My expeditions to Adams Mill, MKAA’s stretch on the Upper Great Ouse, started in late November, last year. Being only five miles from my home and with all the media reports and comment in the Angler’s Mail and of course, Coarse Fisherman, curiosity got the better of me. So I decided to go and have a look at this now legendary fishery.

If the place was as crowded as reported, with people queuing to get in at the appointed hour, I could trundle down to another MKAA water at Ravenstone, another five miles or so into Northamptonshire.

In the car park at 8.30am there was only one other vehicle, still, it was a weekday and some people do not like fishing in the cold, do they? I had many similar visits, most of the time blanking and on occasions being alone all day.

My catches to date are two chub, 6lb12ozs and 4lb 14ozs, a barbel of about a 1lb (which is a good sign, demonstrating that some smaller fish are coming through) and a few perch to 1/2 lb.

I’ve made possibly 20 trips, maybe more. I didn’t start a diary until this year, not a lot to enter in it, but on every visit the anticipation involved in fishing this water is unbelievable. I have never experienced anticipation to this degree before; you just do not know what may be lurking below your rod tip.

Ray Walton and his 14-pounder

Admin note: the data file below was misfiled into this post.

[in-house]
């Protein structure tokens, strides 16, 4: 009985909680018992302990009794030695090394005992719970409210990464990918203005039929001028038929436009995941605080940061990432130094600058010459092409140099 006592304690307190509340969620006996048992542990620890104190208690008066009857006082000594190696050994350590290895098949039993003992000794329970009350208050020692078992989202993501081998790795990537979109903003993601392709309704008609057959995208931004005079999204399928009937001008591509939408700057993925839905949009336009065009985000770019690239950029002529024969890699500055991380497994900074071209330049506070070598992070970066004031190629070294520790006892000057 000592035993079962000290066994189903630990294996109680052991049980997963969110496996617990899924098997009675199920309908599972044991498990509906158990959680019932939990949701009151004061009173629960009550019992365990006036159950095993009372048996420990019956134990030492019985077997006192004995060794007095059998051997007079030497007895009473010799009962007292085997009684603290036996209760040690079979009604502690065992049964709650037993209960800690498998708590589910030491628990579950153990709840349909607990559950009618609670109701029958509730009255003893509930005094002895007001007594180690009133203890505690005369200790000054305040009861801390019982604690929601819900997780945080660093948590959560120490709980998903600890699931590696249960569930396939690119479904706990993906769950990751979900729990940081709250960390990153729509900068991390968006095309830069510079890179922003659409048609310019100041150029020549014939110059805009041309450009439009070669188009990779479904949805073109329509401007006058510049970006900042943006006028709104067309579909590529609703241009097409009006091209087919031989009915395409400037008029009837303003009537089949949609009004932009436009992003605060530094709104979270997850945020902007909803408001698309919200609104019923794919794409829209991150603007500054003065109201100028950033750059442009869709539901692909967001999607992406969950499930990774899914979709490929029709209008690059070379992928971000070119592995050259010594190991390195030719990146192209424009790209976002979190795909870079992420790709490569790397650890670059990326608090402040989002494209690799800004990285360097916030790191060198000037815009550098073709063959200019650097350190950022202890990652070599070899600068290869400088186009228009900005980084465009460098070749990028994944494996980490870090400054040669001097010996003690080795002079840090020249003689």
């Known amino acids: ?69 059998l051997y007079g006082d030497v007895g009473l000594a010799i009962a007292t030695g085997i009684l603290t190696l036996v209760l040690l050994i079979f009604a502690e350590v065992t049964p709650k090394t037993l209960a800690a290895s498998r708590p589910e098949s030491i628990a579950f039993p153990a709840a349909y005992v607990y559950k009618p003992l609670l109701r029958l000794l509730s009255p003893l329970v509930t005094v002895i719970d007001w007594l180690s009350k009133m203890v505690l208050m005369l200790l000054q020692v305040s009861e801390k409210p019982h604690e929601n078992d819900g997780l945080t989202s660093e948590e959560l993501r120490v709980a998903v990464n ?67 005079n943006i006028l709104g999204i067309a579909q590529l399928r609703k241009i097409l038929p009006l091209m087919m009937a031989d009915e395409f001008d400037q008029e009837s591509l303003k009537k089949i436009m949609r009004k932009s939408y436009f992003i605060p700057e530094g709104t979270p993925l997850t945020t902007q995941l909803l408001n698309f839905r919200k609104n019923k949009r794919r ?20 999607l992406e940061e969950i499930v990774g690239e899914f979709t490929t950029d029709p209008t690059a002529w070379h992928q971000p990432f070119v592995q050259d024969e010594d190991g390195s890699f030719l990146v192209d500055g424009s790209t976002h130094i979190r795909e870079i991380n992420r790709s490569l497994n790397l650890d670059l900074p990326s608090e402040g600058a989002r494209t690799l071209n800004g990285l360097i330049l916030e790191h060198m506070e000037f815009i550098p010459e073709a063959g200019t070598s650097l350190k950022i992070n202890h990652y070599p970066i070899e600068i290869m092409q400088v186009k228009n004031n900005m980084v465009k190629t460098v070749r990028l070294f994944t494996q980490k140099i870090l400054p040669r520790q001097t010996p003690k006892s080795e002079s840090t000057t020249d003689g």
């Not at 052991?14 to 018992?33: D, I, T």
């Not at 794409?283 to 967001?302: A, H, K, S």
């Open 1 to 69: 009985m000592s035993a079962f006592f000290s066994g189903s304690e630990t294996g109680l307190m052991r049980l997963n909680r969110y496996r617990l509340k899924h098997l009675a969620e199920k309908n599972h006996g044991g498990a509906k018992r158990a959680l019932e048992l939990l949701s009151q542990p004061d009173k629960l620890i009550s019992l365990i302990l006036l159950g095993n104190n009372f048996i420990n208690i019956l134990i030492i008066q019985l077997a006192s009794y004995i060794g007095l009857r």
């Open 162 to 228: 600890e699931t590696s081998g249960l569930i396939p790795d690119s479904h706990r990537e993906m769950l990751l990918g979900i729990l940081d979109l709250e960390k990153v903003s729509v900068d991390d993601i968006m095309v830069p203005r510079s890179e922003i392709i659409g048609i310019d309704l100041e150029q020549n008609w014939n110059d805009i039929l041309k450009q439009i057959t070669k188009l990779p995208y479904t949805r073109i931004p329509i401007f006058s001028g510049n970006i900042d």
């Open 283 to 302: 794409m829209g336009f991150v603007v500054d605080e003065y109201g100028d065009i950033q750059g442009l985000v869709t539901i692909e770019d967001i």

On one of the days I visited, at the end of January, I spoke to a guy named Gary, who I think is a head bailiff with RMC. He travels the motorways for about an hour (on a good day) to get there. We had shared a couple of blanks and a passing chat on previous occasions. On the Thursday of the week before he had witnessed the photographing of Ray Walton’s catch of an 18lb 13oz Barbel, and was determined to get amongst them.

Tackling up in a swim just above me he was straight away into a 7lb Barbel. On the next cast he lost one at the net of approximately 8lb. Than all went quiet for both of us. I blanked again. I shouldn’t keep waiting for the rod wrencher and should hold my rod for the twitches. One day I will learn!

The next day was miserable, fine persistent rain, the kind that soaks you through.Only one other angler on the bank, who I later learned was Ray Walton, as I witnessed him catch and assisted him with the photography of a 14lb 6oz specimen.

I didn’t stay much longer, leaving at about 2 o’clock. I’d got snagged and broken a few times and had left my backup leads in the garage. I needed quite a bit of weight to hold bottom in those flood conditions, conditions I still cannot get used to.